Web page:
Just like The Invention of Hugo Cabret, Selznick’s new story, Wonderstruck, has something so special and magical that it will appeal to event adults, especially those who have a appreciation for history, museums and a young boy trying to find his way in the world.
While going through his mother’s things after her death, Ben Wilson, who now lives in his cousin’s cabin in Gunflint Lake, Minnesota, finds an old book called Wonderstruck, written by a curator of the American Museum of Natural History in New York City. Out of the book falls a bookmark with a cryptic note, which makes Ben ponder whether the note came from his father, the man whose existence was always a mystery.
During this stormy night, Ben attempts to call the number on the bookmark, hoping to find out about his father, when he suddenly blacks out. The next thing he knows is that he is in the hospital, recovering from being struck by lightning. Already deaf in one ear, the accident has caused deafness in his other ear, and now he cannot hear at all.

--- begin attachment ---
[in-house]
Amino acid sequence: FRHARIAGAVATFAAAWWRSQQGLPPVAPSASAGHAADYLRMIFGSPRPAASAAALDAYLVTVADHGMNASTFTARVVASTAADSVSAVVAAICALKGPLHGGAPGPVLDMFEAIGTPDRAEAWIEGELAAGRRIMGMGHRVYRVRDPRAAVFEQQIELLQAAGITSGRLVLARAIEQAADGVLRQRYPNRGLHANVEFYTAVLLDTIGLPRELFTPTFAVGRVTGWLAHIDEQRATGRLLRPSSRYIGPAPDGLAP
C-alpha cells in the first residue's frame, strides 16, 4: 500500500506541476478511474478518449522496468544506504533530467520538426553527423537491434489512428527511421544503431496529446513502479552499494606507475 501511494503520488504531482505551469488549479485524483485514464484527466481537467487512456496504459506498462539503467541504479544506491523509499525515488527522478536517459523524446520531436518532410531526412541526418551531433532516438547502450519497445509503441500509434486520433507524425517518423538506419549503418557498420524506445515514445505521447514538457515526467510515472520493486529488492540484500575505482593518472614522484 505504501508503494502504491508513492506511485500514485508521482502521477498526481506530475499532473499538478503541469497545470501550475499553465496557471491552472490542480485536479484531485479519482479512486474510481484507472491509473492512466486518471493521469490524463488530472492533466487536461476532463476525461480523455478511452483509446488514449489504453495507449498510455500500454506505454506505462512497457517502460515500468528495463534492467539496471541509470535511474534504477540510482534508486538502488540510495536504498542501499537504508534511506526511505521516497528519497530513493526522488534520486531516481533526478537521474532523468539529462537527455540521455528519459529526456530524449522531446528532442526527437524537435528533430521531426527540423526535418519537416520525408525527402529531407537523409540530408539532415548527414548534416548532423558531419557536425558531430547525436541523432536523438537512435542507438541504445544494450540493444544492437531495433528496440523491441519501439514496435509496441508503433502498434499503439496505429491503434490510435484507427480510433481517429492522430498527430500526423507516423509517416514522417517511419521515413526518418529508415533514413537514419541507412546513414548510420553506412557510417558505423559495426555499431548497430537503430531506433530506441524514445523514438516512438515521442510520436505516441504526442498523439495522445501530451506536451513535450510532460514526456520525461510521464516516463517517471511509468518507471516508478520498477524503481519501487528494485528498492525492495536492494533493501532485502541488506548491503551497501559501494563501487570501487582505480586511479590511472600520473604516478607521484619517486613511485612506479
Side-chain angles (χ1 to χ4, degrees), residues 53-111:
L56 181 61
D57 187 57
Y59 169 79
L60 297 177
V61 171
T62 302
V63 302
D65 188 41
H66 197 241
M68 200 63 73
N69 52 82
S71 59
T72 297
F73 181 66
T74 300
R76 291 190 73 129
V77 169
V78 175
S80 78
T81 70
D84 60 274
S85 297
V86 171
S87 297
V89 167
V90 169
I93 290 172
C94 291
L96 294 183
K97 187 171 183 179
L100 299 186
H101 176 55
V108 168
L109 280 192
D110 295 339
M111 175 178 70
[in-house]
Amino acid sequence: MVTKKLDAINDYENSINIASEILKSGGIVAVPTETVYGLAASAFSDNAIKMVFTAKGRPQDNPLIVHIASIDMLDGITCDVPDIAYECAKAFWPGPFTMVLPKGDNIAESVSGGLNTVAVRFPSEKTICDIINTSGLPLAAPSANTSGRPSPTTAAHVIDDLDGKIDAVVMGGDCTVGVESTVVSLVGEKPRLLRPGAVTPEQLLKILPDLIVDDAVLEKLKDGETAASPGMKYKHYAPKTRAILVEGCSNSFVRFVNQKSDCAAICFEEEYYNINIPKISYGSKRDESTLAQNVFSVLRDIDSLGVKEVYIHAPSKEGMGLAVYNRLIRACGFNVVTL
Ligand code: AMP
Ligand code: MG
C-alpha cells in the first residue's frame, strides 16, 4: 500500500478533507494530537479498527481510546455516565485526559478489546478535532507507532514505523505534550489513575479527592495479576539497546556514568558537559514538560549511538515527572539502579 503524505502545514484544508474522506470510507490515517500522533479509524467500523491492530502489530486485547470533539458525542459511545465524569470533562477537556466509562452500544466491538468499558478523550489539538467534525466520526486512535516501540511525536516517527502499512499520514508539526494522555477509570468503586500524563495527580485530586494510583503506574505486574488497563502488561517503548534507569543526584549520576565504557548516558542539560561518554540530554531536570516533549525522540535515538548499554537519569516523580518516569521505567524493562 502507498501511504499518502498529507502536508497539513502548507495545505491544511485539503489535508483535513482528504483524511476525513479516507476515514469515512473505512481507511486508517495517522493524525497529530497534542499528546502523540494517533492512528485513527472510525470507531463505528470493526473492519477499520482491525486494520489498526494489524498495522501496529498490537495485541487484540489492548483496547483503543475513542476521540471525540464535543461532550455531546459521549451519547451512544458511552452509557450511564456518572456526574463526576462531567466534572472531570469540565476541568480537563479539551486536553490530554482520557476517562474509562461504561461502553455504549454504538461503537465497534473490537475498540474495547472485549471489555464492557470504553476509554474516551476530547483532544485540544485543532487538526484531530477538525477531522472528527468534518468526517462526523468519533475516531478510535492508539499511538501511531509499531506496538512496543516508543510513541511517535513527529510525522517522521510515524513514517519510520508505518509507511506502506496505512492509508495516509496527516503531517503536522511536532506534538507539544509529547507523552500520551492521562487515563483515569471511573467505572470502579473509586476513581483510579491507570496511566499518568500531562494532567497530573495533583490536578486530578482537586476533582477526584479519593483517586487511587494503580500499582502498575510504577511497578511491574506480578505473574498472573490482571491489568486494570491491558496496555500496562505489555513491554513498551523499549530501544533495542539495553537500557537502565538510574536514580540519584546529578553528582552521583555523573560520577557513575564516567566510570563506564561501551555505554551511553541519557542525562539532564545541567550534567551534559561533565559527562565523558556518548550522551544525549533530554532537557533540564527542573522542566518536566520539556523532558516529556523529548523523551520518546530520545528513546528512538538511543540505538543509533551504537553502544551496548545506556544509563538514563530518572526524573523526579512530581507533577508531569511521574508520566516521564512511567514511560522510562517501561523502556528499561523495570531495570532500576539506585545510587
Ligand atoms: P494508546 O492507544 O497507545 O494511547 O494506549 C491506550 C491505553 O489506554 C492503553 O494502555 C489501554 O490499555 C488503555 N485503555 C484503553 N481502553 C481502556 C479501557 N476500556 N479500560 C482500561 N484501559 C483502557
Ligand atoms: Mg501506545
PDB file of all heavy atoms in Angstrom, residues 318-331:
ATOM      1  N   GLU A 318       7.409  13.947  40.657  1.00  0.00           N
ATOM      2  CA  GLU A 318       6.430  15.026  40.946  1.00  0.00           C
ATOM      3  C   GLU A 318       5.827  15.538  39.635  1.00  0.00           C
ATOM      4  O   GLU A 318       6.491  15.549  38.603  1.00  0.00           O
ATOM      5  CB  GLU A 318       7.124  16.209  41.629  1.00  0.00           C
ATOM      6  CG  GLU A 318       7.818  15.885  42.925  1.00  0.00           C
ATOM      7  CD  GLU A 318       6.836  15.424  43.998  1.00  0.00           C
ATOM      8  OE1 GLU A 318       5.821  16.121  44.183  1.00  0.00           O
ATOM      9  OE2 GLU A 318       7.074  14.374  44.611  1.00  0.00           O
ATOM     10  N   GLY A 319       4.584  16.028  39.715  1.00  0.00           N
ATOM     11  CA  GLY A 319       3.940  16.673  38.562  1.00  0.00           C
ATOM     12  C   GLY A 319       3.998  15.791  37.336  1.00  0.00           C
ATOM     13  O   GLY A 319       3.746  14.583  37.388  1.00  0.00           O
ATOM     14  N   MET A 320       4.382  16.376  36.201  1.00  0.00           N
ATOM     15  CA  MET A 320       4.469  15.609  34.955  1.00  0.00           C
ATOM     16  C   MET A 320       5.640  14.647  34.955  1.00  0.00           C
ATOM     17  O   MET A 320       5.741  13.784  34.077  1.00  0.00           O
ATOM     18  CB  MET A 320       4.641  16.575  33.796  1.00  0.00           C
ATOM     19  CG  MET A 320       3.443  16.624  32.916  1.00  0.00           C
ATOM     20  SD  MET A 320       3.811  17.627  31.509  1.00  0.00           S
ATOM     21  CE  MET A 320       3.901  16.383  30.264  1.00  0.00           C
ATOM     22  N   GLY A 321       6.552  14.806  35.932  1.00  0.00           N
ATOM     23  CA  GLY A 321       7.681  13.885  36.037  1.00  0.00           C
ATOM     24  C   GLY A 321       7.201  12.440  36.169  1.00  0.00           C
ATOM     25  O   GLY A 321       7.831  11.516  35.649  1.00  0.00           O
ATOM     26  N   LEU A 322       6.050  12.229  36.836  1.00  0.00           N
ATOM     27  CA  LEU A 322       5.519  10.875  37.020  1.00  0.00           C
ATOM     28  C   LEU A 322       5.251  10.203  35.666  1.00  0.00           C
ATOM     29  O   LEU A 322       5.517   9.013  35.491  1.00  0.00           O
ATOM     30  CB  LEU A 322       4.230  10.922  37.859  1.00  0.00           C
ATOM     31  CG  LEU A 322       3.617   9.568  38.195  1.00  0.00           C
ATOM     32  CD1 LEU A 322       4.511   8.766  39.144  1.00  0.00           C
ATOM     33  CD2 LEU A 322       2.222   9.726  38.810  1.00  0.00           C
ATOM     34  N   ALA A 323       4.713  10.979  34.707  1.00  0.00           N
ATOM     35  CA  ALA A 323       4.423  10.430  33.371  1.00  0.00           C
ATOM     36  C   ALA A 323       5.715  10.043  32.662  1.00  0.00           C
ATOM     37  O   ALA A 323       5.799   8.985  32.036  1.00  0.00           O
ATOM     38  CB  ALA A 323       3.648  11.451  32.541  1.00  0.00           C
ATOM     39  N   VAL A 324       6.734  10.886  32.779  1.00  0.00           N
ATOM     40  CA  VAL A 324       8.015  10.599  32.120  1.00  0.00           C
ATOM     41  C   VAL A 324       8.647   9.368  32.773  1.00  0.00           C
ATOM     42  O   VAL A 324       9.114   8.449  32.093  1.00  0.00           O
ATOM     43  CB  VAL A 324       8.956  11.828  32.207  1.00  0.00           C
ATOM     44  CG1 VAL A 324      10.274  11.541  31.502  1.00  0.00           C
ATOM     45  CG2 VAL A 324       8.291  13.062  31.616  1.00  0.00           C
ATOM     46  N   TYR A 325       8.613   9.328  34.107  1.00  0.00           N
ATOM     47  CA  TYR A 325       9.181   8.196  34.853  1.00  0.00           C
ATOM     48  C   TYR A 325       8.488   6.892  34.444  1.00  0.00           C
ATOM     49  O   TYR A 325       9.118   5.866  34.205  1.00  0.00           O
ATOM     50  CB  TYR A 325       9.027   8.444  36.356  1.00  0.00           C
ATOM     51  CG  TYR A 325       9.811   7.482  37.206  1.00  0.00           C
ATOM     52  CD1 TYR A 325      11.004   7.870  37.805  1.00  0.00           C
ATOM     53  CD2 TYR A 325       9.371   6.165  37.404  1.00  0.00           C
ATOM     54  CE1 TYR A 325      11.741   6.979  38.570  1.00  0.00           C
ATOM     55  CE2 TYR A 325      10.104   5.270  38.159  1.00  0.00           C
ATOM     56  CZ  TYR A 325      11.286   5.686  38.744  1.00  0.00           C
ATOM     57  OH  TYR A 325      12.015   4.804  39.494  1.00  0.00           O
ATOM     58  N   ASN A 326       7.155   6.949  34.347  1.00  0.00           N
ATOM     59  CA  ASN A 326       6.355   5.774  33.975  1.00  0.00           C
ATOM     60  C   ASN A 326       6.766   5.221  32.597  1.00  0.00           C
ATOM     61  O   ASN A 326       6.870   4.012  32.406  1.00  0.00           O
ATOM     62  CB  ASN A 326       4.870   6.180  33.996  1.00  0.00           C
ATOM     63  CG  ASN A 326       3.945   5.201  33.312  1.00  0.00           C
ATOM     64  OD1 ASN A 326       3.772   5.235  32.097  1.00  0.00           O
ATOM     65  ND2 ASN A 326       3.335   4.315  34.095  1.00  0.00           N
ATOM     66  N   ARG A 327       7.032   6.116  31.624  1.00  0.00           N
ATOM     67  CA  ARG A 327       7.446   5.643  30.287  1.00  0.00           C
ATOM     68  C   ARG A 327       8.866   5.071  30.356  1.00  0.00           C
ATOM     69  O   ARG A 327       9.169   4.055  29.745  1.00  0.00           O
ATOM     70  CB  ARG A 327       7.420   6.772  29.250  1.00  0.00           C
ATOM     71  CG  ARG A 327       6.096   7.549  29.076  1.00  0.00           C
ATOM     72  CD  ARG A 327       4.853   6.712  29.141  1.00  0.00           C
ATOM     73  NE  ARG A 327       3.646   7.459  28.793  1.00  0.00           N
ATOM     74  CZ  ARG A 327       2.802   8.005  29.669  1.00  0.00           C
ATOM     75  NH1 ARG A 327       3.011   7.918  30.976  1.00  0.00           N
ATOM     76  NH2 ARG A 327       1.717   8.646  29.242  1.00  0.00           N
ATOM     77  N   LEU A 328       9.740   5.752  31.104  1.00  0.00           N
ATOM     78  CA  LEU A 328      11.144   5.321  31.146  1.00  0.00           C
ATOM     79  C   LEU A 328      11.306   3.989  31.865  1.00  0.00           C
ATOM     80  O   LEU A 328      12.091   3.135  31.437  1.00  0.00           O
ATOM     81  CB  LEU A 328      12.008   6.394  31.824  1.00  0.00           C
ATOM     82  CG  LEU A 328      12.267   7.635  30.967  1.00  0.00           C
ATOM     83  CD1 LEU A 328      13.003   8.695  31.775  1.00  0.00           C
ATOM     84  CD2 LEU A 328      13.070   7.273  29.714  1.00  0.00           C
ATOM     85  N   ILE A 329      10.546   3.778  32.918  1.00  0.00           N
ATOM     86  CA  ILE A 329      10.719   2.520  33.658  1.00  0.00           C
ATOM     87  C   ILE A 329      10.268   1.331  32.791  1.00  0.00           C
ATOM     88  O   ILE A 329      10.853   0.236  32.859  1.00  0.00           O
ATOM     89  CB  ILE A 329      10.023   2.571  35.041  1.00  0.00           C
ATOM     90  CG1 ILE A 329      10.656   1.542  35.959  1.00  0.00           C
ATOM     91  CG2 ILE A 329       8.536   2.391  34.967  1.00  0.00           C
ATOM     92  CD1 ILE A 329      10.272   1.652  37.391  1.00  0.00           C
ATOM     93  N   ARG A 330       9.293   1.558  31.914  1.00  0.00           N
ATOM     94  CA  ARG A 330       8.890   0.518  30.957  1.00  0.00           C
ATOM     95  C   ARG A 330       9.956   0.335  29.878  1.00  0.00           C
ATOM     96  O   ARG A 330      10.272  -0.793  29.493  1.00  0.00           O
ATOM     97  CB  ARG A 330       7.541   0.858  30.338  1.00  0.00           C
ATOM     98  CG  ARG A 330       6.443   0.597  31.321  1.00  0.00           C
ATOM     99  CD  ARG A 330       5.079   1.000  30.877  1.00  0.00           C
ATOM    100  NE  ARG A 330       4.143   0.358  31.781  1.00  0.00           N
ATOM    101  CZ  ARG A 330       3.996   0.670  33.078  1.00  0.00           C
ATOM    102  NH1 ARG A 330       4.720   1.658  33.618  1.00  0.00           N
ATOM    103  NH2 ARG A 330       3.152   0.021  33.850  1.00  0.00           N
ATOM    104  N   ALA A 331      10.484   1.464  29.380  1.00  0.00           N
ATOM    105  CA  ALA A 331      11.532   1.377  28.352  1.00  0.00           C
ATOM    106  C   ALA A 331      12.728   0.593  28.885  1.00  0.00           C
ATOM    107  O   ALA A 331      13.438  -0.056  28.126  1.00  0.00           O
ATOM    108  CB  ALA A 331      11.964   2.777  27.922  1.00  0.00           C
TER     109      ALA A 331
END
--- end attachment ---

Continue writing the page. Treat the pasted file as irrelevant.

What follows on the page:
Ben sneaks out of the hospital and sets out for the big city in hopes of learning about his father. His journey brings him to the American Museum of Natural History, which is like a beckon calling him home. What he learns there about his own history will change his life forever.
The story is told in a combination of words and pictures, and alternates between the 1920’s and the 1970’s. It is not everyday that an adult fiction reader like myself gets to experience a story told through pictures, so this was such a special treat. I don’t want to give too much away, so just read it and be prepared to fall in love with this book!